Edōsdi/Thompson, Judith C., Gileh/Odelia Dennis, and Shāwekāw/Patricia Louie. 2018. “Researching, Planning, and the Implementation of Tāłtān Language Nests: Sharing our Experiences.” Cultural and Pedagogical Inquiry 10 (2): 64–84. https://doi.org/10.18733/cpi29446.

Gessner, Suzanne, Tracey Herbert, Britt Thorburn, Aliana Parker and Alex Wadsworth. 2014. Report on the Status of B.C. First Nations Languages 2014. 2nd ed. Brentwood Bay, BC: First Peoples’ Cultural Council. http://www.fpcc.ca/files/PDF/Language/FPCC-LanguageReport-141016-WEB.pdf. Archived at: https://perma.cc/26AV-KKY7.

Morris, Kāshā/Julie A. 2017. “K’asba’e T’oh: Sustaining the Intergenerational Transmission of Tāłtān.” Master’s thesis, University of Victoria. http://dspace.library.uvic.ca//handle/1828/8544.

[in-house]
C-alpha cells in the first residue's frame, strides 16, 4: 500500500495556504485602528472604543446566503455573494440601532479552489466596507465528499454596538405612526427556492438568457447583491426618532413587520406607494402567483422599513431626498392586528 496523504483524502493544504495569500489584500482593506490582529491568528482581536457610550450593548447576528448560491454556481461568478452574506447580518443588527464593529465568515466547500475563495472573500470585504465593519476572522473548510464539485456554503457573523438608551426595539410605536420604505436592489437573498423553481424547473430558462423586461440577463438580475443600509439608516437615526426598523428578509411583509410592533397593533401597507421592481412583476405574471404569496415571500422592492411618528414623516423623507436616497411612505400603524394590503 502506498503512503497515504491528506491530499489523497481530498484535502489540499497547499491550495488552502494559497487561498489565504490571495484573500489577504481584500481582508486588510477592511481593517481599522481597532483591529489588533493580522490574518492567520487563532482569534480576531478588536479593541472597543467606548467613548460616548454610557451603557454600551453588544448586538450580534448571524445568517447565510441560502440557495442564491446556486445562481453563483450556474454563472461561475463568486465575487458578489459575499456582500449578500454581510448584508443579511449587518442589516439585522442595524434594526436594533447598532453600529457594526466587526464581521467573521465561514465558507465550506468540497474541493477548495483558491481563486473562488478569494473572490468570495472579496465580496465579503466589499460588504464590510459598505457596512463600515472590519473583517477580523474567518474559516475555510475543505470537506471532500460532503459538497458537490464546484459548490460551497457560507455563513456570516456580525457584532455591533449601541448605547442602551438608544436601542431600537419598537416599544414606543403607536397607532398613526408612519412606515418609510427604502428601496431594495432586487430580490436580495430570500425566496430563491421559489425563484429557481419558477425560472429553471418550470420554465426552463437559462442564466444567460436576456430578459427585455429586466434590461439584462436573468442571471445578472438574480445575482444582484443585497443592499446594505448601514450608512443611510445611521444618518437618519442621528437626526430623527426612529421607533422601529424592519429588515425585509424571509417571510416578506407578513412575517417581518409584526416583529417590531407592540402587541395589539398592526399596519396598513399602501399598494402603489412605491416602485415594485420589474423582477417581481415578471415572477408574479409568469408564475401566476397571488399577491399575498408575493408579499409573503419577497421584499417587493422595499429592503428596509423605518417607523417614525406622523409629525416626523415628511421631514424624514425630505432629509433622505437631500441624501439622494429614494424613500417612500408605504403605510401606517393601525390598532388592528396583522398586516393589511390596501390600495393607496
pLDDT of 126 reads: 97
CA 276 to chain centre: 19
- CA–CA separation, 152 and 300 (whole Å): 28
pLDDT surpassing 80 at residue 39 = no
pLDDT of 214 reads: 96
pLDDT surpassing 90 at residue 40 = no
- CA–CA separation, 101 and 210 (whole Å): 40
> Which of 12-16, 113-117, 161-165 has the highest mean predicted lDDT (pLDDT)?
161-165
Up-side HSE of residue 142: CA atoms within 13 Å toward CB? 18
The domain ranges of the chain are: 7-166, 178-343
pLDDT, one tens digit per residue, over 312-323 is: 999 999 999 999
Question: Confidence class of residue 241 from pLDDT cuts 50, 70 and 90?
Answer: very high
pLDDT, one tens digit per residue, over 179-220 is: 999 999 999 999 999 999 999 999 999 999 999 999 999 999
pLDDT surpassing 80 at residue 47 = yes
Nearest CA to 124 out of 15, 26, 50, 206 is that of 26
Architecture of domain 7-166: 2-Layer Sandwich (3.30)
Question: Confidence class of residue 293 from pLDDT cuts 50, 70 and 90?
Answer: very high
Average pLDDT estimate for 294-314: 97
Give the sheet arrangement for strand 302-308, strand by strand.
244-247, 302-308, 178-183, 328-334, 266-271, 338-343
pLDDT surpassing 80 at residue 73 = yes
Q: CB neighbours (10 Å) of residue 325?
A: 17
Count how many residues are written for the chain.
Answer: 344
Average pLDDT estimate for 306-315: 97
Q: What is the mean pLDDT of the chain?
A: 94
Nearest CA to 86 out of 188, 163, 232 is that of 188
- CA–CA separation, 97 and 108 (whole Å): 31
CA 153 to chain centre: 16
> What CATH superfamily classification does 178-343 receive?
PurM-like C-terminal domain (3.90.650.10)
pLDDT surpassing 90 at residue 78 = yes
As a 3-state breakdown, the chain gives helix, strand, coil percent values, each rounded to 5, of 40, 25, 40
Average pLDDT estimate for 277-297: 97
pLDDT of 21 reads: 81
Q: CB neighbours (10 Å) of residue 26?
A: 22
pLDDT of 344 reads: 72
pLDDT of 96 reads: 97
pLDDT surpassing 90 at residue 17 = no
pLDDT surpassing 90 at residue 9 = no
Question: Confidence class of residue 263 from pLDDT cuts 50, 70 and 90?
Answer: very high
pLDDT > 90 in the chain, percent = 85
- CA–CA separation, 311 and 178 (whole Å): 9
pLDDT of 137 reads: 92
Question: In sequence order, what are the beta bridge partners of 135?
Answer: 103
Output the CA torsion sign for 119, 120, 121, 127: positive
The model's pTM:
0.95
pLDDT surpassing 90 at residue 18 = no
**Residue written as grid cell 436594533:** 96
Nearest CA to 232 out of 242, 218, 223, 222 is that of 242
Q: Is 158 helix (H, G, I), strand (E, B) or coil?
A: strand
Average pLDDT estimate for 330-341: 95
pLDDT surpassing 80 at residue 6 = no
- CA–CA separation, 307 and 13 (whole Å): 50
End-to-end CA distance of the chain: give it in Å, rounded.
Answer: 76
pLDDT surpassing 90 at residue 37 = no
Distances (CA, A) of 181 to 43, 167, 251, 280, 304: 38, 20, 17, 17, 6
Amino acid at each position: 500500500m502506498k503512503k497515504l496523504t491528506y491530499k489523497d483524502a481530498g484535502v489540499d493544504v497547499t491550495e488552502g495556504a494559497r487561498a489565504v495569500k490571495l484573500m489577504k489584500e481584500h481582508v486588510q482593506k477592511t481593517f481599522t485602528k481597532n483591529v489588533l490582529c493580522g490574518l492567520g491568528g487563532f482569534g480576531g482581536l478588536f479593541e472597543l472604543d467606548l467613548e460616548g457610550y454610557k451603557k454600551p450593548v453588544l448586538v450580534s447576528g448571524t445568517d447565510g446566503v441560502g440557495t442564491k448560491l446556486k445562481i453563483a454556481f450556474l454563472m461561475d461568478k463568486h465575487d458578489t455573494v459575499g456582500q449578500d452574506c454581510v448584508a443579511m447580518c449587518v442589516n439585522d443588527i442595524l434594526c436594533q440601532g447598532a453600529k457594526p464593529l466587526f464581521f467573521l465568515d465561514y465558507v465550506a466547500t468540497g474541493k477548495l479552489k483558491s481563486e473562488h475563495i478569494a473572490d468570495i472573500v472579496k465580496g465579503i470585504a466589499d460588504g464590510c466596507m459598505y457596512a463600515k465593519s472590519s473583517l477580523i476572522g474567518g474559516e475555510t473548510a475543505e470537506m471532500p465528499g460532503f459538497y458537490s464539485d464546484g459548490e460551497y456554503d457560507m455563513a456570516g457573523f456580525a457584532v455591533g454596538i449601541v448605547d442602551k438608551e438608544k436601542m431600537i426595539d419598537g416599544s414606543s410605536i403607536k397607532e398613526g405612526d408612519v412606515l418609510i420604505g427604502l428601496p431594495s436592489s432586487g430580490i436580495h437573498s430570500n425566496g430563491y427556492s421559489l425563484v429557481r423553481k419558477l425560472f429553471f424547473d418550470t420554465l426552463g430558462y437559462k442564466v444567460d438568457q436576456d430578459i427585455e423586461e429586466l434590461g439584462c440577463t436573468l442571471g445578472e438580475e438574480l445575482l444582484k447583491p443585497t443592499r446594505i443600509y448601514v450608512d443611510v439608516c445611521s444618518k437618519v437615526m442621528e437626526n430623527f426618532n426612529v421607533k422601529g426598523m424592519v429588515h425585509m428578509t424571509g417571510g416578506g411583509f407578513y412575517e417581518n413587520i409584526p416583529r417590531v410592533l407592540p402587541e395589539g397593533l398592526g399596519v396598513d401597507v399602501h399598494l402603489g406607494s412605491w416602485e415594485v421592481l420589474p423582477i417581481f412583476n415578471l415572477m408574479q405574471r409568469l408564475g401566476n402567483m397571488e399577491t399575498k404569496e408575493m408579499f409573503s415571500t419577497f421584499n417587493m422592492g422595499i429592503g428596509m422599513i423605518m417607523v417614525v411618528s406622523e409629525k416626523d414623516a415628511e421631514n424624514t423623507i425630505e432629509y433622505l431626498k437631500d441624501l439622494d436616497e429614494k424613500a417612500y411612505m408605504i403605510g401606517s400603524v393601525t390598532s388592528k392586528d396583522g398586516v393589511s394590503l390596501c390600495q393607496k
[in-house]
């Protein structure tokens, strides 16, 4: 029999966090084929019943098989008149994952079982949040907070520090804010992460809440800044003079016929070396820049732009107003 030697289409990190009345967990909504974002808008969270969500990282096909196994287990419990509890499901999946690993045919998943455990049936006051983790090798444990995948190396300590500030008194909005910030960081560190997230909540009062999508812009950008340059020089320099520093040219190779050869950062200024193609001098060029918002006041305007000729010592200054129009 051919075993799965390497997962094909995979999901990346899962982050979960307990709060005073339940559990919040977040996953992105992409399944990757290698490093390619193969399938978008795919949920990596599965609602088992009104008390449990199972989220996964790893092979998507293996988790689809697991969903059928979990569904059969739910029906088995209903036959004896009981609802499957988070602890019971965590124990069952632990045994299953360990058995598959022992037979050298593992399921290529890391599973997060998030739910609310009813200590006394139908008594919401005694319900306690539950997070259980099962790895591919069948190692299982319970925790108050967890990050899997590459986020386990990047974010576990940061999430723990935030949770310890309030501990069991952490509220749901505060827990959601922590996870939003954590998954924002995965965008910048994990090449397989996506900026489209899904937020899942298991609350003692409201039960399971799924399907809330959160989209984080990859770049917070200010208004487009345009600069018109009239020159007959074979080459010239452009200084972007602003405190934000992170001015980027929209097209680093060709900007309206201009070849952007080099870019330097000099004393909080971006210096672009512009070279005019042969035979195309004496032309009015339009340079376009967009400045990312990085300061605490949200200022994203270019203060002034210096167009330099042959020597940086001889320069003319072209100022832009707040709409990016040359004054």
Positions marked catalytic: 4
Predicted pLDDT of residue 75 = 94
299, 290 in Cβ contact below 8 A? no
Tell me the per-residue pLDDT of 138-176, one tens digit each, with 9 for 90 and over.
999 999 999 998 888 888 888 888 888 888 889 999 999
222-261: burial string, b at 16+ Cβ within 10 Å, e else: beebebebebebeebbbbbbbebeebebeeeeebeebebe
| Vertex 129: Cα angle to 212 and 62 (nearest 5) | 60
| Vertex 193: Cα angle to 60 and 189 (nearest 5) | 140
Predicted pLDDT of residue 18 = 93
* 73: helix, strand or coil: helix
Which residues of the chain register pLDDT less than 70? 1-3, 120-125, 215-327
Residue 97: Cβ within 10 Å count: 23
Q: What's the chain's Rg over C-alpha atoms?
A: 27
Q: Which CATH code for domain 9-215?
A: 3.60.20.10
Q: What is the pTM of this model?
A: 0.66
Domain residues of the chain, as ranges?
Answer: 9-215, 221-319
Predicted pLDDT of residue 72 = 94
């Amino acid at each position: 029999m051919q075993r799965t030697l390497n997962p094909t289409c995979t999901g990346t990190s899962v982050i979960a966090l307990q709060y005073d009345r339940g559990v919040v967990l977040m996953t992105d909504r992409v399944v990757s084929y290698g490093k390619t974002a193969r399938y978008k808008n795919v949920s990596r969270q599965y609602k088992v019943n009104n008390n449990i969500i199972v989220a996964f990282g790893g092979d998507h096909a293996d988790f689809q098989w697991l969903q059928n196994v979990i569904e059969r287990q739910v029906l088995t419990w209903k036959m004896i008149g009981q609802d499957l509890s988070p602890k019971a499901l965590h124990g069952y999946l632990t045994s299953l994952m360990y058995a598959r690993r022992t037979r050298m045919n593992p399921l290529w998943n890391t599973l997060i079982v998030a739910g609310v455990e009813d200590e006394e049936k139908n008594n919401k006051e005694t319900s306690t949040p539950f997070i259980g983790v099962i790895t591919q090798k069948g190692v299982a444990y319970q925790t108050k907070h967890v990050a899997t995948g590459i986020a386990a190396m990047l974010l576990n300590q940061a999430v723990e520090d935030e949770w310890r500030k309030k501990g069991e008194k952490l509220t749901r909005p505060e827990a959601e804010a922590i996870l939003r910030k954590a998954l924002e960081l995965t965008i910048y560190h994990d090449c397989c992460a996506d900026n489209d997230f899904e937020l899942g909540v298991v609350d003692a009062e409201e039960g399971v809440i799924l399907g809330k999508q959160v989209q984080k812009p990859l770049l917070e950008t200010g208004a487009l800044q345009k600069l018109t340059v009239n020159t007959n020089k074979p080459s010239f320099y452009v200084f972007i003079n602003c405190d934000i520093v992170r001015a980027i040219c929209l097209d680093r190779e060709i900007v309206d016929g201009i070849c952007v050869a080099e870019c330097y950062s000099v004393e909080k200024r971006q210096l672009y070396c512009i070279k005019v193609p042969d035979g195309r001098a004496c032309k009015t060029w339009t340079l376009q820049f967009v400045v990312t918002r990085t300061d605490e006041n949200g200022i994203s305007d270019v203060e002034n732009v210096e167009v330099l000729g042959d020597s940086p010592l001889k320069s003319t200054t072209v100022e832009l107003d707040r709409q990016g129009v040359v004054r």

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Published

2021-06-23

How to Cite

Thompson, Edōsdi/Judy. 2021. “Dah Dzāhge Nodesidē/We Are Speaking Our Language Again: The Implementation of a Community-Based Tāłtān Language Reclamation Framework”. KULA: Knowledge Creation, Dissemination, and Preservation Studies 5 (1). https://doi.org/10.18357/kula.137.